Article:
Grizzled geek paranoiac John McAfee (left, with Vice editor-in-chief Rocco Castoro) was arrested in Guatemala last week after Vice Magazine accidentally revealed his location by including his GPS coordinates in the photo above, which they posted while he was fleeing a murder investigation in Belize. That is crazy enough. But now McAfee, still being held in Guatemala, claims that Vice purposely set him up to score an exclusive.
Last week McAfee seemed to be cool with Vice even after editor in chief Rocco Castoro and photgrapher Robert King's spectacular fuck-up led Guatemalean cops right to his door. He let the journalists tag along and film him for an upcoming Vice documentary up until the minute he was arrested. But now McAfee has announced via blog post that he is "terminating his relationship to Vice Magazine" because he believes they ratted him out on purpose.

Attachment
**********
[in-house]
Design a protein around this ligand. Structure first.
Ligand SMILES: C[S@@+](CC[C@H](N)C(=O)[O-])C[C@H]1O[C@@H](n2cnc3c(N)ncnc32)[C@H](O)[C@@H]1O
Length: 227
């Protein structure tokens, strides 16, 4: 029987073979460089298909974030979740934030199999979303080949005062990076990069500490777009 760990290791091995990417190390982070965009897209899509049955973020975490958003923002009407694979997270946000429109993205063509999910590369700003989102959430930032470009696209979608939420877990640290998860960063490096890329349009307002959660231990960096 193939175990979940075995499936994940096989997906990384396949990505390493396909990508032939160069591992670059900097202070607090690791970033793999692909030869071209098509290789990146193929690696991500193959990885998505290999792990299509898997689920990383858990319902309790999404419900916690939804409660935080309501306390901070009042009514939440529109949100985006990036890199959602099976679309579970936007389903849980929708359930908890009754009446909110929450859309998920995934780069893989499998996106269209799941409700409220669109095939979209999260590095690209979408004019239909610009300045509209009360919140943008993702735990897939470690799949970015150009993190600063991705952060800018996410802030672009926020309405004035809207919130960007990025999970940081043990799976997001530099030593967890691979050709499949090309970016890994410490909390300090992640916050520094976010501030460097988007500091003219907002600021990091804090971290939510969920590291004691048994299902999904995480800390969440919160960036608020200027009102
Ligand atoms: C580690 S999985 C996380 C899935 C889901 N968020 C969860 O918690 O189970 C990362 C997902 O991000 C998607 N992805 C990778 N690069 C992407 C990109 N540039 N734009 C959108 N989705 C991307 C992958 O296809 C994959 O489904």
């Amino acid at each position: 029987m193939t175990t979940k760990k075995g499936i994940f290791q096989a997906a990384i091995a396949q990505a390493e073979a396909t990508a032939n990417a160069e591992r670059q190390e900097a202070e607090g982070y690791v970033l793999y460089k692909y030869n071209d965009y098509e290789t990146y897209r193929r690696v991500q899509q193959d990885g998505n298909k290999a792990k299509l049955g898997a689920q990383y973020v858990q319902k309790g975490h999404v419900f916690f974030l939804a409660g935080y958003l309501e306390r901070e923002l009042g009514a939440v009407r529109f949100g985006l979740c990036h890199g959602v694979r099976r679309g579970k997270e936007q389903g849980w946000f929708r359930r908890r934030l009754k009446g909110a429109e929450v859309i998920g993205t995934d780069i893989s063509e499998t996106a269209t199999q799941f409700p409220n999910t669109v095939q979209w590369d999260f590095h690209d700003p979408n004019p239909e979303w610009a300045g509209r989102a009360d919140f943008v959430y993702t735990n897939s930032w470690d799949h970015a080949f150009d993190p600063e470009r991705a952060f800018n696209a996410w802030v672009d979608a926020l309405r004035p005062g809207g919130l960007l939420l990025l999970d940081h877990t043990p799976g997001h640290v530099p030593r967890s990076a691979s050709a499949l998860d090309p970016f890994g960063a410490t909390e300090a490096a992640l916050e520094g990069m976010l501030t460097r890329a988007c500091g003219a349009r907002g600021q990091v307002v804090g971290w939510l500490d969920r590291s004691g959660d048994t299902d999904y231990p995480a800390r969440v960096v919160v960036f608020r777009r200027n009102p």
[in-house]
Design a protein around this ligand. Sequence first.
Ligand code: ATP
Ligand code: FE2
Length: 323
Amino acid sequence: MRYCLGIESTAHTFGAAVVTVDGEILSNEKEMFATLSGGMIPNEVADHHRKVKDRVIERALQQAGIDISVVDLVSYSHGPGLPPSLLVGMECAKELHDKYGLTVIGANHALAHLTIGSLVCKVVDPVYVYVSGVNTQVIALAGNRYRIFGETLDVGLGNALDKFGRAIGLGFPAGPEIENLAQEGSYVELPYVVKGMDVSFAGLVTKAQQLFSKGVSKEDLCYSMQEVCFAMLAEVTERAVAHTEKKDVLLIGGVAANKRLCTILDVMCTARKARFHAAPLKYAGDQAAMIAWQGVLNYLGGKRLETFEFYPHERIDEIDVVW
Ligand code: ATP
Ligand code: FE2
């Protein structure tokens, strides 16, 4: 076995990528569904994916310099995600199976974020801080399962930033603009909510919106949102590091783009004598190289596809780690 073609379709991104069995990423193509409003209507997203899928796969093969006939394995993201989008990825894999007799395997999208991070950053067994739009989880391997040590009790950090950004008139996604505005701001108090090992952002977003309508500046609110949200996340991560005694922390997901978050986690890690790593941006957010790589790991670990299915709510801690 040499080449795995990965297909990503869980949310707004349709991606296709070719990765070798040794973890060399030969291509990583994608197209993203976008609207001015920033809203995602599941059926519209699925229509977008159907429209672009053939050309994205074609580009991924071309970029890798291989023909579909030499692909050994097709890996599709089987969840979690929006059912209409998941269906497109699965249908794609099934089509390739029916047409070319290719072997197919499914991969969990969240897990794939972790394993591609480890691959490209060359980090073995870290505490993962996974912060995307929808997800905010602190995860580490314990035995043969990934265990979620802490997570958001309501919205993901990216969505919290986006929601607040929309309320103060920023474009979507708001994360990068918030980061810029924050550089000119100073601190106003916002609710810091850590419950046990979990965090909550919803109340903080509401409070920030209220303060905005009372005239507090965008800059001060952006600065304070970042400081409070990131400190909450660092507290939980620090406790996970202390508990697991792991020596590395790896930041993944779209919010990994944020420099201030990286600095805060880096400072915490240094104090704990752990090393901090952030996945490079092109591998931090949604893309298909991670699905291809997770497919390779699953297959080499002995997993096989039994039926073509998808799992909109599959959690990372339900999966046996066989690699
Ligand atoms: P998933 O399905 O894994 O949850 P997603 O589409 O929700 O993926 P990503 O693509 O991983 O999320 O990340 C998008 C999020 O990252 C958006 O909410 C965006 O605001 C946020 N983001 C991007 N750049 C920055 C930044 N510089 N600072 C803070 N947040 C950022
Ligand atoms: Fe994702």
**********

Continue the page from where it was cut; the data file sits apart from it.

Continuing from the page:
From the blog post:
Due to information just received, It is no longer clear to Mr. McAfee that the "accidental" release of his co-ordinates due to Vice Magazine's editorial department's failure to remove location data from their now notorious photo, was indeed an accident. This incident led directly to Mr. McAfee's arrest. The reason, possibly, was that Vice wanted exclusive access to Mr. McAfee's arrest, which they in fact obtained and broadcast. This, and subsequent developments, including a breach of verbal contract, has led Mr. McAfee to terminate all contact with Vice.
While Vice may well be incompetent, it's hard to believe they'd so maliciously betray a source like this. McAfee has been muddled in his communications throughout the ordeal, making claims at almost the same time he retracts them, and this may be another stunt or... something else talking. Vice hasn't said much about the whole thing, issuing a non-revealing statement that they are going to "wait and talk to the people on our team who were on the ground" before drawing any conclusions.
In the meantime, McAfee, who is being held in a hospital awaiting extradition to Belize after complaining of chest pains, has sold the rights to a story that is still far from over to a TV production company.